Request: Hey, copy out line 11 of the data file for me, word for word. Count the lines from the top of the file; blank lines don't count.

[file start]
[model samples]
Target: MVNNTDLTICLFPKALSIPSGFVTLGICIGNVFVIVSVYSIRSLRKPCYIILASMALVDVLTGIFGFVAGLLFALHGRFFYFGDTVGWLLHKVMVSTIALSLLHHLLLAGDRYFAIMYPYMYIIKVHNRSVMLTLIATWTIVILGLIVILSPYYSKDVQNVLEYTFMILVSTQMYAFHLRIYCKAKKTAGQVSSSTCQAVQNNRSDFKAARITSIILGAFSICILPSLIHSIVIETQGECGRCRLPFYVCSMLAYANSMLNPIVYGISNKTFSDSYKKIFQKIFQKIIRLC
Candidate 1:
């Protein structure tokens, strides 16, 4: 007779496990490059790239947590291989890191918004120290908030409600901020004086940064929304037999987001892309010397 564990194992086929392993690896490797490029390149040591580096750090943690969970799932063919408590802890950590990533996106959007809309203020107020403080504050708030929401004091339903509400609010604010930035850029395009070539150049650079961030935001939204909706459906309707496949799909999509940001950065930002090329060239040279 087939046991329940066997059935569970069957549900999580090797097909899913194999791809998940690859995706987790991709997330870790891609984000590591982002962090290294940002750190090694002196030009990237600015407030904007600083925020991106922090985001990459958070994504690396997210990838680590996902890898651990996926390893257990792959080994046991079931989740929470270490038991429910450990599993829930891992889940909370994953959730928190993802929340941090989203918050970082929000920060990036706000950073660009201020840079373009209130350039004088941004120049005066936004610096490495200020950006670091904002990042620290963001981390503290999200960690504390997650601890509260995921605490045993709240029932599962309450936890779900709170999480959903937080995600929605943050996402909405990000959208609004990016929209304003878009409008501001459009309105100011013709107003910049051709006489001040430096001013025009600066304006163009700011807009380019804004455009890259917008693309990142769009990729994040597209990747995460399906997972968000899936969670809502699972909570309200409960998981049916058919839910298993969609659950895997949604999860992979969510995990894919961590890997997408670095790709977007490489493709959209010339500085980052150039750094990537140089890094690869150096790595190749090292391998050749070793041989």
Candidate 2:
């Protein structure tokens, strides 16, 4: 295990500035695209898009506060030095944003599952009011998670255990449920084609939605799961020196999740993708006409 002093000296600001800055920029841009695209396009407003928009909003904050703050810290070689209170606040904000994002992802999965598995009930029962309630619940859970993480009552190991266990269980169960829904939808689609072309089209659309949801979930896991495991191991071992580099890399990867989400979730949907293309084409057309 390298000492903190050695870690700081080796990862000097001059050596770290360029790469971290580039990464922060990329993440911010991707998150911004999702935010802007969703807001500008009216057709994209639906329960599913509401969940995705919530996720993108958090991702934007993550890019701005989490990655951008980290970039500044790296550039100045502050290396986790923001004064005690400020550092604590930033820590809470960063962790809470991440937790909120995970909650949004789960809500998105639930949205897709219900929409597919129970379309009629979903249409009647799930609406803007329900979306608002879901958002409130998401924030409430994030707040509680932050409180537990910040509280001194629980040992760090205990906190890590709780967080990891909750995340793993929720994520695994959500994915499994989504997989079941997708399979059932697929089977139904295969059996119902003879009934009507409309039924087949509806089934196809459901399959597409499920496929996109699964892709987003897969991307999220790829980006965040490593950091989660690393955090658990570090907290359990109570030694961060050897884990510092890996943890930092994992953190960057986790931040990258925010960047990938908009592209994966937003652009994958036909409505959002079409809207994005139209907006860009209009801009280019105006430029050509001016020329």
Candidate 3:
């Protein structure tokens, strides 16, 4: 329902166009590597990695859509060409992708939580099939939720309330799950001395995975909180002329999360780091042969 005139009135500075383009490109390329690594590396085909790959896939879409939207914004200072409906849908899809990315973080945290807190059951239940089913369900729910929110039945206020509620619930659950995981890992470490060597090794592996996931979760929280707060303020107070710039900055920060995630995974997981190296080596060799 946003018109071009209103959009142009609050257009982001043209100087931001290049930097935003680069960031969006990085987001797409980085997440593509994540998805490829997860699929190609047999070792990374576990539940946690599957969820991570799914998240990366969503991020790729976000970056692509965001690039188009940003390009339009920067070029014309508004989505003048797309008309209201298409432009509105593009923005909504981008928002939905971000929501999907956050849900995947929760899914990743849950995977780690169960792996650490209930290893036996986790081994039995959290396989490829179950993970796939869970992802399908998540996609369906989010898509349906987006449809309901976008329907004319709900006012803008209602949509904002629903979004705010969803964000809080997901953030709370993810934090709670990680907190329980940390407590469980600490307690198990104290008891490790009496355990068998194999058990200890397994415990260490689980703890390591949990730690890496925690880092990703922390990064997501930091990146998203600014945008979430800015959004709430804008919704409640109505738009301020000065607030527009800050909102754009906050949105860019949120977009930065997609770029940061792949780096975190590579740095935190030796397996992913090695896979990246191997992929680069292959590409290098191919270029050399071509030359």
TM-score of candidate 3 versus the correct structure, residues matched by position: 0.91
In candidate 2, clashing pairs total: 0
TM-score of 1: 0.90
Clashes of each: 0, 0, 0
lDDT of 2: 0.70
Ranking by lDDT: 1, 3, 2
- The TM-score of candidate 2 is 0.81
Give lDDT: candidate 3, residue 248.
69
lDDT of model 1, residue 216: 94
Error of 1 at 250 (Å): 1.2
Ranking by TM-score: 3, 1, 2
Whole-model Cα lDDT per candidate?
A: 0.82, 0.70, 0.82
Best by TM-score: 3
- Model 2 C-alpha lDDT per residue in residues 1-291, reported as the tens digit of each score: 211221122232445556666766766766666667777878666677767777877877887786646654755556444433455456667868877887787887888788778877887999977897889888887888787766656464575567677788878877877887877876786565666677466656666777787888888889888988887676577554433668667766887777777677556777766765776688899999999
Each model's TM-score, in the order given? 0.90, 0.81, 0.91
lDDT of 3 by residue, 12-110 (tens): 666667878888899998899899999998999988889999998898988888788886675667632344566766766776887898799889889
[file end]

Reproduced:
TM-score of 1: 0.90